Black hat tactics on Amazon
Competition combined with a need for speed has resulted in sellers engaging in practices that are against Amazon’s terms and conditions – such as fake reviews.
To find out exactly how they go about it, we spoke to Davide Nicolucci, founder and director of the Amazon marketing consulting firm Growth Hack. He’s critical of sellers using dishonest means to manipulate the rankings, but told us sellers are constantly looking for ways to side-step the rules, and are compelled to break them despite the risks.
We’ve covered a range of black hat tactics previously, including:
- The use of Facebook groups to source incentivised reviews
- Thousands of unverified reviews being used to inflate product rankings
- The abuse of Amazon’s product variation tools
The race to a higher ranking has also created a booming cottage industry for online marketplace ‘experts’, according to Li. Sellers network over deals in the busy markets, learning of the latest tactics to bypass Amazon’s reviews algorithm, while Amazon marketing courses are advertised on large billboards above them.
According to Nicolucci, a wide variety of businesses offer sellers training in the ways to manipulate Amazon’s ranking system to promote products, protect accounts from disciplinary actions and crush competitors. Many of these businesses are based in China, but it’s a worldwide market.
How do products get from Shenzhen to Sheffield?
Amazon’s fulfilment program is a key driver behind the increase and success of Chinese sellers.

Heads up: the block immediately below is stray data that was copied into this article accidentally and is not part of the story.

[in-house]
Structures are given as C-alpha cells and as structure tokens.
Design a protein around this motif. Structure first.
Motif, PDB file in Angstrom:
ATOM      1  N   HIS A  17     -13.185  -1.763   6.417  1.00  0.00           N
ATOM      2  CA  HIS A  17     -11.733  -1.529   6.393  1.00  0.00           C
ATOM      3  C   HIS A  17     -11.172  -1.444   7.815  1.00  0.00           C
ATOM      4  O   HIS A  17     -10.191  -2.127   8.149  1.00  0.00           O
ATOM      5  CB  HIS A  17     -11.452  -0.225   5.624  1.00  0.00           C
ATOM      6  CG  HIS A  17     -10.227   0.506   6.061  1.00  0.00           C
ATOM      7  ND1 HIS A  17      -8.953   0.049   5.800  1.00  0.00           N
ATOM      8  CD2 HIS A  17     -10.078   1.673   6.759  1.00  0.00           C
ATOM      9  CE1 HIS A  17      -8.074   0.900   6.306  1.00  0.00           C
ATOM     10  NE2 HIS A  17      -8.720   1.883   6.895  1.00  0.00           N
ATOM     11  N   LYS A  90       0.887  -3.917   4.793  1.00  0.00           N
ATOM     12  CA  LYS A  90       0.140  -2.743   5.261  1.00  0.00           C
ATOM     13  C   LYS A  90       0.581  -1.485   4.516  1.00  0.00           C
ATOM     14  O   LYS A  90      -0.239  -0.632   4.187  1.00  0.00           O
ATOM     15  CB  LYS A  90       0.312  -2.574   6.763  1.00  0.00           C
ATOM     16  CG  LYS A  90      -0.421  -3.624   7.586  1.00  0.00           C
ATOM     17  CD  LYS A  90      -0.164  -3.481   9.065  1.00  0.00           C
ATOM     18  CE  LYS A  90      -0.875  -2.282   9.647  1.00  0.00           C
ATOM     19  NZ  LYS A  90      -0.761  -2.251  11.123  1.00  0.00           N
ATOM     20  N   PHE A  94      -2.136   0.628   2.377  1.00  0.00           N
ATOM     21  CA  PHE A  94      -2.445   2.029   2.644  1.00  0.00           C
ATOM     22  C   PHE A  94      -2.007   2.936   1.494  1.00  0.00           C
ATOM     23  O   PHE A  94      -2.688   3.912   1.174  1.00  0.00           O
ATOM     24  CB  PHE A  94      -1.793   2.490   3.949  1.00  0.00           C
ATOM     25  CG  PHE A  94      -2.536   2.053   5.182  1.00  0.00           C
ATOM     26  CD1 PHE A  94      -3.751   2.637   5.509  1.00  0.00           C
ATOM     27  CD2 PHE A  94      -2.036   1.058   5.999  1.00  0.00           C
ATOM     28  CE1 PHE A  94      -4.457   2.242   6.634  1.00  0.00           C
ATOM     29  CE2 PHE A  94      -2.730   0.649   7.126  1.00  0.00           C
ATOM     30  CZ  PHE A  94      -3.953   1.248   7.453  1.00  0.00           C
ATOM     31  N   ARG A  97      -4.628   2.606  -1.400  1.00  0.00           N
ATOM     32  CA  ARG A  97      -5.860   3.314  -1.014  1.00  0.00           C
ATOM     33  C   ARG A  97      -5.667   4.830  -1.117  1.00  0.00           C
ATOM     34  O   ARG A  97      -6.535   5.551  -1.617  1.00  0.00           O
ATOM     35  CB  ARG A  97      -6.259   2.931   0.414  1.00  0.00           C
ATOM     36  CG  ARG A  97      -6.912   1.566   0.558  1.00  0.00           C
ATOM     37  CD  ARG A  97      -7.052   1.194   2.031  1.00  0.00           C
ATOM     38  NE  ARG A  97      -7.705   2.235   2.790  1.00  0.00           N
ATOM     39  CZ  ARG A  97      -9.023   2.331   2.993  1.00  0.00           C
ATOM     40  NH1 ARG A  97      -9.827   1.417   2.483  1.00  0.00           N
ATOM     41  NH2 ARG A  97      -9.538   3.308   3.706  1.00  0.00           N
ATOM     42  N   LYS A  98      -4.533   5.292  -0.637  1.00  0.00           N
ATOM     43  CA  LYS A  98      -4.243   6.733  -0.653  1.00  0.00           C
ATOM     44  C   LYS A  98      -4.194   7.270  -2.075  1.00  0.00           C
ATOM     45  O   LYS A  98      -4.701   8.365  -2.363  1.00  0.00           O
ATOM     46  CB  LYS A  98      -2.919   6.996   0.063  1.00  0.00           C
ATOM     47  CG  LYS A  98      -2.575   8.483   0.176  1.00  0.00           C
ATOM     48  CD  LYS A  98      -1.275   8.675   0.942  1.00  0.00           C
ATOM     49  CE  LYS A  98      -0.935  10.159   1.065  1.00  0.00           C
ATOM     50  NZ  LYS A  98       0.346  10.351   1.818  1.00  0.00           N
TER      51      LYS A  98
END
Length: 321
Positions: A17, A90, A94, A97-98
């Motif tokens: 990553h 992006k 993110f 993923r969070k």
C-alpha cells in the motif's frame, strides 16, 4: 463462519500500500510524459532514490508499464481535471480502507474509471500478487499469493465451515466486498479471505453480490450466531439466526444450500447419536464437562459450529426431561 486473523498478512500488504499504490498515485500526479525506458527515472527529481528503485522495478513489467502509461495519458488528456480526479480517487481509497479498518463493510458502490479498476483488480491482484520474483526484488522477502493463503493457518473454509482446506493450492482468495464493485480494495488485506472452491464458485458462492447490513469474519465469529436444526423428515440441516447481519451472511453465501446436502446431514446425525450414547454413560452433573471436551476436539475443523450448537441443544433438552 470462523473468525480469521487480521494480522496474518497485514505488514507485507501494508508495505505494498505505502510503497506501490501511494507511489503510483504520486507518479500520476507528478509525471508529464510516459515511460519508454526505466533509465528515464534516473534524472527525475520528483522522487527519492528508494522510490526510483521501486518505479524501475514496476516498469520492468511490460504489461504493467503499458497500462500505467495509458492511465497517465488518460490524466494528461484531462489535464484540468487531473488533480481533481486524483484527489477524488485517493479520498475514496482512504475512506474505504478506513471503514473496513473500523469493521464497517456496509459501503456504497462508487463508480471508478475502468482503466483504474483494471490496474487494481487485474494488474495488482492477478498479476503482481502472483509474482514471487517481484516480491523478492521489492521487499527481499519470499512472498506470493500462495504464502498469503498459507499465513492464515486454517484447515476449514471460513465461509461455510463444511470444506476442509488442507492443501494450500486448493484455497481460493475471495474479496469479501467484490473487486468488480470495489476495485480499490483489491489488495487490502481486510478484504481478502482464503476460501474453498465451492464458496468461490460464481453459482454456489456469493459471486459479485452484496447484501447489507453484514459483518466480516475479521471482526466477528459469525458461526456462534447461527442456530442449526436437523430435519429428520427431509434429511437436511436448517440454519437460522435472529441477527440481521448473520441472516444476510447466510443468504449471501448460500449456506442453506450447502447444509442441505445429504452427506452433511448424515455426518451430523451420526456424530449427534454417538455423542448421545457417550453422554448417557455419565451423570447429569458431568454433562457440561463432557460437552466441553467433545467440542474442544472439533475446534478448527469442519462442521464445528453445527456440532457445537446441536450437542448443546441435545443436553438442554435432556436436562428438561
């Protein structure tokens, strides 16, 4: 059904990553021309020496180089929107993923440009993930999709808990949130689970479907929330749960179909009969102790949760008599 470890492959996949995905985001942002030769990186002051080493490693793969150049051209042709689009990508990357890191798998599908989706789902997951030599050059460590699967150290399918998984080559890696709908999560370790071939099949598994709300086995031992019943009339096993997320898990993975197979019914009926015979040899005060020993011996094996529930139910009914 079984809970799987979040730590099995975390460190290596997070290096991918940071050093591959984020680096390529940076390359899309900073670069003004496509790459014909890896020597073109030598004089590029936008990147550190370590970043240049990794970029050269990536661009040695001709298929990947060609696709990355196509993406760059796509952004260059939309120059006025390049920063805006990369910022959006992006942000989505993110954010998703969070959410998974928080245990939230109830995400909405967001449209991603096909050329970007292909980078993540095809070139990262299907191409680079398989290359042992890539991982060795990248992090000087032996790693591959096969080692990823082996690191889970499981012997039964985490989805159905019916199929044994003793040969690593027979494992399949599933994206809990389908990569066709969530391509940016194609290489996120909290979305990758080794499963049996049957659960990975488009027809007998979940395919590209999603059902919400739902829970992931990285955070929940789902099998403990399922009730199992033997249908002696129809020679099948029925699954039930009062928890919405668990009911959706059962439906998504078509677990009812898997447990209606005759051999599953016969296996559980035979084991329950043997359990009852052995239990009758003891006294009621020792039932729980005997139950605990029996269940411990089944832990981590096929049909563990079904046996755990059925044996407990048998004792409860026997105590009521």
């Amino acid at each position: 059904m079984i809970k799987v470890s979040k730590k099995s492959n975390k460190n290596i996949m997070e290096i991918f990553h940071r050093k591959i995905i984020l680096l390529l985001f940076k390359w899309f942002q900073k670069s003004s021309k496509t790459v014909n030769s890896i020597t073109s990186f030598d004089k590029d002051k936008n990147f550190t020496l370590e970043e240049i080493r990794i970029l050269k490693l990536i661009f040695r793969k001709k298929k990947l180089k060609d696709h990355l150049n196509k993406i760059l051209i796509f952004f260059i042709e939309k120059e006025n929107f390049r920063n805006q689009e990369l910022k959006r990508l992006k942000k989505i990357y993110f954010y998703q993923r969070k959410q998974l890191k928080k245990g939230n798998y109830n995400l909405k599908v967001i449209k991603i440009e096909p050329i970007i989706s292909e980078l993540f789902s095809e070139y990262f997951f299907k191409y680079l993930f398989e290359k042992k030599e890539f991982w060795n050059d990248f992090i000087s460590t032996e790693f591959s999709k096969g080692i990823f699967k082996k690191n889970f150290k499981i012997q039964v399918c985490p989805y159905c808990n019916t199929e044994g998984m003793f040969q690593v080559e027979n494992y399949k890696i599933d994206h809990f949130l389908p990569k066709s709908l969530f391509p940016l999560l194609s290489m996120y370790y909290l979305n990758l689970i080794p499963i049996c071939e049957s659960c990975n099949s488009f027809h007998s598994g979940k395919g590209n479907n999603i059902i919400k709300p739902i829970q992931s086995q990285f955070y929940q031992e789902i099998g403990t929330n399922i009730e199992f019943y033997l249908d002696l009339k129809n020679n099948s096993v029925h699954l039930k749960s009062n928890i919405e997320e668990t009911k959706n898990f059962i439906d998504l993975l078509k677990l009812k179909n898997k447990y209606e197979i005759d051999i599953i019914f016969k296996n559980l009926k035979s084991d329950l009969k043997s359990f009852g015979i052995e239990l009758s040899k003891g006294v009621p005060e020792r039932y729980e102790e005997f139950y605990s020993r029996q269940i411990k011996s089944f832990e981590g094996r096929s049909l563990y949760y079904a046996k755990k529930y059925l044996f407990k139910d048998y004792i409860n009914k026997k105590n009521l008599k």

It allows sellers to ship products to one of Amazon’s fulfilment centres, meaning they’re packed and distributed by Amazon when an order is placed – taking away the timely and costly logistics of shipping each order from China. These products appear with a ‘fulfilled by Amazon’ label on the online listing.
The products can also be added to the Amazon Prime scheme for even faster shipping.
Don’t get caught out – follow our tips on how to spot a fake review.
What’s being done to tackle fake reviews?
In June, we reported on research by the Competition and Markets Authority (CMA). It revealed ‘troubling evidence’ of a thriving marketplace for fake online reviews on eBay and Facebook.
In the US, Congressman Frank Pallone Jr and Congresswoman Jan Schakowsky from the House Committee on Energy and Commerce, wrote to Jeff Bezos, chief executive of Amazon, raising concerns about fraudulent and deceptive product ratings and reviews on Amazon’s online marketplace.
The lawmakers, who wrote in July, questioned whether Amazon benefits financially from the sale of products promoted by fake ratings and reviews, and asked for details about steps taken to tackle the issue. A deadline of 30 July was given, but at the time of publication Amazon hadn’t responded.
Competition from Chinese sellers is increasing across multiple online marketplaces, and the race to the top of Amazon’s search rankings is becoming increasingly murky.
Help Which? fight fake reviews
Fake reviews muddy the waters and mean you may not be getting what you expect. Sign our petition to help stop fake reviews if you believe in a more transparent online shopping experience for consumers.
And if you’ve come across online customer reviews you think are suspicious and may be fake, or have been approached to write an incentivised positive review for a product, you can help by sharing your experience. Get in touch and tell us your story – email the Which? Fake Reviews team at firstname.lastname@example.org.